BIG!!! Texas Medical Cannabis Program Expands for PTSD and All Cancer Patients

I’m one to celebrate every single victory for the cannabis community, and when Texas makes progress it can have an outsized impact beyond its borders, so even seemingly incremental change is actually big news for the movement. While some that have had the privilege of living in states that legalized medical use all the way back in the 1990s, increasing the THC limit to 1% and just now enrolling all cancer patients and PTSD sufferers into the state’s medical program may not seem like much, this progress will inevitably set the stage for future positive reforms in the Lonestar State as well as helping in other states, especially conservative ones that see Texas as a leader on important issues. As the Texas Tribune reported, improving the state’s medical system will be a life changer for folks like 64-year-old Desert Storm veteran David Bass who has “had nightmares almost every night for six years about being back on the warfield:”

“Bass was prescribed several kinds of medications to ease his hypervigilance after being diagnosed with post-traumatic stress disorder. But those medications didn’t help him sleep. Instead, they caused him to have “flat emotions” — and, eventually, suicidal thoughts.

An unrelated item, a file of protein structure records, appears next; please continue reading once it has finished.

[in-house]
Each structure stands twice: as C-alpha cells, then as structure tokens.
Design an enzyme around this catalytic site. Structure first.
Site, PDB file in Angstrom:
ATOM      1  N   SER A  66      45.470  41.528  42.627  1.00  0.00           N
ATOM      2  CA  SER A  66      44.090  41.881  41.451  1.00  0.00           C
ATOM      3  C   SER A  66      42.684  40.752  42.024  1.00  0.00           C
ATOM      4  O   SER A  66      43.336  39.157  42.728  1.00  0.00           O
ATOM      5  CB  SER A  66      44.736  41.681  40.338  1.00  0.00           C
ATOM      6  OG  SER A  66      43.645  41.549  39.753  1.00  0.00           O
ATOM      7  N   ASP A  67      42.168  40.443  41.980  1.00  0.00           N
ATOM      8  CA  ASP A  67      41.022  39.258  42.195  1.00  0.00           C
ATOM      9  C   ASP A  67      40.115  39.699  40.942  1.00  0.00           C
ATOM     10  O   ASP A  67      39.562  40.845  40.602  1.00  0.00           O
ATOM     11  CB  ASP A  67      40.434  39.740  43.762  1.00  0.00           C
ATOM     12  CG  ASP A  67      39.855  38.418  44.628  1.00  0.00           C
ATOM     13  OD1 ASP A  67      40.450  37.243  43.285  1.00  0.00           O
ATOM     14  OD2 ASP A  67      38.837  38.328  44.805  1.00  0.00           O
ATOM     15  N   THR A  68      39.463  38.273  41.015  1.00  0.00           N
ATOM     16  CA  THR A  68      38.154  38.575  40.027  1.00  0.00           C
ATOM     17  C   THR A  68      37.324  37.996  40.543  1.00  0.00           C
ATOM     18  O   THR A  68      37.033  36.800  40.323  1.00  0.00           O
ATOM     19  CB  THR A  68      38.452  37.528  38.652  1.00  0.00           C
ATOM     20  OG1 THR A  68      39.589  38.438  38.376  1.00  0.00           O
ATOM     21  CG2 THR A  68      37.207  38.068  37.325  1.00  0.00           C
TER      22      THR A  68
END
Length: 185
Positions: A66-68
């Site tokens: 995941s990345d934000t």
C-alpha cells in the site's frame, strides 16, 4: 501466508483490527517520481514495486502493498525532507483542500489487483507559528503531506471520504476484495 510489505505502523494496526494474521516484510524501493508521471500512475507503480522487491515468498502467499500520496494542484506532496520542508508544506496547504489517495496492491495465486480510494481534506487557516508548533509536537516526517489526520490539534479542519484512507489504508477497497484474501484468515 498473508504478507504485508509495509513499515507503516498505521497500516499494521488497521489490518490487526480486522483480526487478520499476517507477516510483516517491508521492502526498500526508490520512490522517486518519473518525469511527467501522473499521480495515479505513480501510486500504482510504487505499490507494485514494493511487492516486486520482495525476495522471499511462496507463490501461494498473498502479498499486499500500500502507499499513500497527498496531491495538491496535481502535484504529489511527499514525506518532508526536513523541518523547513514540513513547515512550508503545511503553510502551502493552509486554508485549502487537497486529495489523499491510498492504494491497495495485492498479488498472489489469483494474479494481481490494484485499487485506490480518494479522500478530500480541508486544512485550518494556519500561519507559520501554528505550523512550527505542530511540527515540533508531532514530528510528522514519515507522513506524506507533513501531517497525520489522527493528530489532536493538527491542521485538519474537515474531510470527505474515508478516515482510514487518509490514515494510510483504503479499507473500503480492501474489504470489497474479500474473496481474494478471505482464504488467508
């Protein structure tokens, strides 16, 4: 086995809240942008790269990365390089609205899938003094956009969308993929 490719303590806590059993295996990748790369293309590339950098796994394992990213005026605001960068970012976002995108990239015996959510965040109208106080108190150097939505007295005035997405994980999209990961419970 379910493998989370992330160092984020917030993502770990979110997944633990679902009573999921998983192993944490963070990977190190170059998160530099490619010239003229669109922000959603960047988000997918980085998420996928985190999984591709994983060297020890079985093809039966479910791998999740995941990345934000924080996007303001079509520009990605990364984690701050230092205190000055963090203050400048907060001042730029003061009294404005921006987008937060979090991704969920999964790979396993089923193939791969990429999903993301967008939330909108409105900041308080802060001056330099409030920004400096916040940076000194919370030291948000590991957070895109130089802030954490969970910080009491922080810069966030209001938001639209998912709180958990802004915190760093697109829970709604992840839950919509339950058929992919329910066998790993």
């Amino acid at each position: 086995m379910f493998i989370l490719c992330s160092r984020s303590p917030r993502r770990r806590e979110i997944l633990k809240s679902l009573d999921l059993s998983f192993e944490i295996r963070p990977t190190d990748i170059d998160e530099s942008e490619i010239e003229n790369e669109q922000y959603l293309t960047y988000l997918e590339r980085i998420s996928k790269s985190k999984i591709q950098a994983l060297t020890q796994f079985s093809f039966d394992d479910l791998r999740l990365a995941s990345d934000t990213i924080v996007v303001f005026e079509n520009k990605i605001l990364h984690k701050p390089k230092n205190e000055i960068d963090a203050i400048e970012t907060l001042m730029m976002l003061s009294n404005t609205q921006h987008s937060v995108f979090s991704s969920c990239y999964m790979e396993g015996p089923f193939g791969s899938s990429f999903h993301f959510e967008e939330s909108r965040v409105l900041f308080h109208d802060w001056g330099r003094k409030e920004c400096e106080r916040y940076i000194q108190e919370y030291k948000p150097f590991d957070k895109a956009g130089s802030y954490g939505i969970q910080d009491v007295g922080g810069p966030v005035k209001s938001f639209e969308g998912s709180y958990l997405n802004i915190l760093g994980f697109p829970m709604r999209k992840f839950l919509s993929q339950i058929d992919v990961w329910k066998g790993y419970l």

“It wasn’t until he tried marijuana that he was able to ease his mind and get a good night’s rest. But since the state’s medical cannabis program is restricted to those with neurological disorders or terminal cancer, Bass had to get his hands on marijuana illegally for years.

“Starting on Sept. 1, however, the Texas Compassionate Use Program will expand to include people with PTSD and cancer of all stages, allowing them to use ‘low-THC cannabis.’”

Texas’ sheer size and influence allows it to impact the actions of other states, just as we’ve seen former Governor Rick Perry getting attention in Wisconsin when talking about a medical psilocybin bill he championed for military veterans or even the textbooks used in schools across the nation. I fully expect advocates, likely led by military veterans, to expand the class of medical and increase the THC content of cannabis and other products allowed in the state’s medical program. One day, the fog of Reefer Madness will dissipate and Texas will have a truly functioning and effective medical program and this small step in the right direction should be viewed as a major advancement in that important journey. And as Texas progresses towards a more sane cannabis policy, that progress will reverberate across the nation and throughout the halls of Congress.

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